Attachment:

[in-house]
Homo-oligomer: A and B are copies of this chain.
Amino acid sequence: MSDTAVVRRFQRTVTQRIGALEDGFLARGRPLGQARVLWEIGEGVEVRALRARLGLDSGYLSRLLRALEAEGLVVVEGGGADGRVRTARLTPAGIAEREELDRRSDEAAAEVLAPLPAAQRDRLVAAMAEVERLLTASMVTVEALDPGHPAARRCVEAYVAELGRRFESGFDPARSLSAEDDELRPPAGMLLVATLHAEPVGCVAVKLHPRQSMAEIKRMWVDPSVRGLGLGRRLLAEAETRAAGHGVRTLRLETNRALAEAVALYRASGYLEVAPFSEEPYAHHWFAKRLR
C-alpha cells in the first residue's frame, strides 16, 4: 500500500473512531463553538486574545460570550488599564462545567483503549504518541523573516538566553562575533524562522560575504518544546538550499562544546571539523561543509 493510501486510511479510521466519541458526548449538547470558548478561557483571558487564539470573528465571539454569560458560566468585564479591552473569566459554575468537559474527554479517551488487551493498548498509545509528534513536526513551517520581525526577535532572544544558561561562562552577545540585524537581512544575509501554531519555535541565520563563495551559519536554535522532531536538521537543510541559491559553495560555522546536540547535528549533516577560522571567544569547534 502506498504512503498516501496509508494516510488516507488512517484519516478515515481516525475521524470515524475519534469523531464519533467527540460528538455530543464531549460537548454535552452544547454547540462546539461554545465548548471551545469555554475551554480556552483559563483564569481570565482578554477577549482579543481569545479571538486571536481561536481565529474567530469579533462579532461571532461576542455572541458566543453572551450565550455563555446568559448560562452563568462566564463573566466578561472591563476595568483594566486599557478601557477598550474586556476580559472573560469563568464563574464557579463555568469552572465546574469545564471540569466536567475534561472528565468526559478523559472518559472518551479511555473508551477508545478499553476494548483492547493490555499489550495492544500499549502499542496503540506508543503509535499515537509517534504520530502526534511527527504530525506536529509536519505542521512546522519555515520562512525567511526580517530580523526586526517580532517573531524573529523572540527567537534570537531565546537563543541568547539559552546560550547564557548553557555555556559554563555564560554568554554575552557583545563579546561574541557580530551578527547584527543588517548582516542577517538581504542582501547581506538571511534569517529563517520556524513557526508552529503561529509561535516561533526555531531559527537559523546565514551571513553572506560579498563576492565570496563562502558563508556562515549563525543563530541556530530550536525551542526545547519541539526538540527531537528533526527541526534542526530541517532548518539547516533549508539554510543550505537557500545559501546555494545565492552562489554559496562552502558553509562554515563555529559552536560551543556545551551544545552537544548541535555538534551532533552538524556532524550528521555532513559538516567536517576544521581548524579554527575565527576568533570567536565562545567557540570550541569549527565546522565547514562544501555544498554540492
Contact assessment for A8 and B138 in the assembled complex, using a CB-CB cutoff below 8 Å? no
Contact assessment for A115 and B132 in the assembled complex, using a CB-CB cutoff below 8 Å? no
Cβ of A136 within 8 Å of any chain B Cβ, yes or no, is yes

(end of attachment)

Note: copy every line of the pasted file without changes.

[in-house]
Homo-oligomer: A and B are copies of this chain.
Amino acid sequence: MSDTAVVRRFQRTVTQRIGALEDGFLARGRPLGQARVLWEIGEGVEVRALRARLGLDSGYLSRLLRALEAEGLVVVEGGGADGRVRTARLTPAGIAEREELDRRSDEAAAEVLAPLPAAQRDRLVAAMAEVERLLTASMVTVEALDPGHPAARRCVEAYVAELGRRFESGFDPARSLSAEDDELRPPAGMLLVATLHAEPVGCVAVKLHPRQSMAEIKRMWVDPSVRGLGLGRRLLAEAETRAAGHGVRTLRLETNRALAEAVALYRASGYLEVAPFSEEPYAHHWFAKRLR
C-alpha cells in the first residue's frame, strides 16, 4: 500500500473512531463553538486574545460570550488599564462545567483503549504518541523573516538566553562575533524562522560575504518544546538550499562544546571539523561543509 493510501486510511479510521466519541458526548449538547470558548478561557483571558487564539470573528465571539454569560458560566468585564479591552473569566459554575468537559474527554479517551488487551493498548498509545509528534513536526513551517520581525526577535532572544544558561561562562552577545540585524537581512544575509501554531519555535541565520563563495551559519536554535522532531536538521537543510541559491559553495560555522546536540547535528549533516577560522571567544569547534 502506498504512503498516501496509508494516510488516507488512517484519516478515515481516525475521524470515524475519534469523531464519533467527540460528538455530543464531549460537548454535552452544547454547540462546539461554545465548548471551545469555554475551554480556552483559563483564569481570565482578554477577549482579543481569545479571538486571536481561536481565529474567530469579533462579532461571532461576542455572541458566543453572551450565550455563555446568559448560562452563568462566564463573566466578561472591563476595568483594566486599557478601557477598550474586556476580559472573560469563568464563574464557579463555568469552572465546574469545564471540569466536567475534561472528565468526559478523559472518559472518551479511555473508551477508545478499553476494548483492547493490555499489550495492544500499549502499542496503540506508543503509535499515537509517534504520530502526534511527527504530525506536529509536519505542521512546522519555515520562512525567511526580517530580523526586526517580532517573531524573529523572540527567537534570537531565546537563543541568547539559552546560550547564557548553557555555556559554563555564560554568554554575552557583545563579546561574541557580530551578527547584527543588517548582516542577517538581504542582501547581506538571511534569517529563517520556524513557526508552529503561529509561535516561533526555531531559527537559523546565514551571513553572506560579498563576492565570496563562502558563508556562515549563525543563530541556530530550536525551542526545547519541539526538540527531537528533526527541526534542526530541517532548518539547516533549508539554510543550505537557500545559501546555494545565492552562489554559496562552502558553509562554515563555529559552536560551543556545551551544545552537544548541535555538534551532533552538524556532524550528521555532513559538516567536517576544521581548524579554527575565527576568533570567536565562545567557540570550541569549527565546522565547514562544501555544498554540492
Contact assessment for A8 and B138 in the assembled complex, using a CB-CB cutoff below 8 Å? no
Contact assessment for A115 and B132 in the assembled complex, using a CB-CB cutoff below 8 Å? no
Cβ of A136 within 8 Å of any chain B Cβ, yes or no, is yes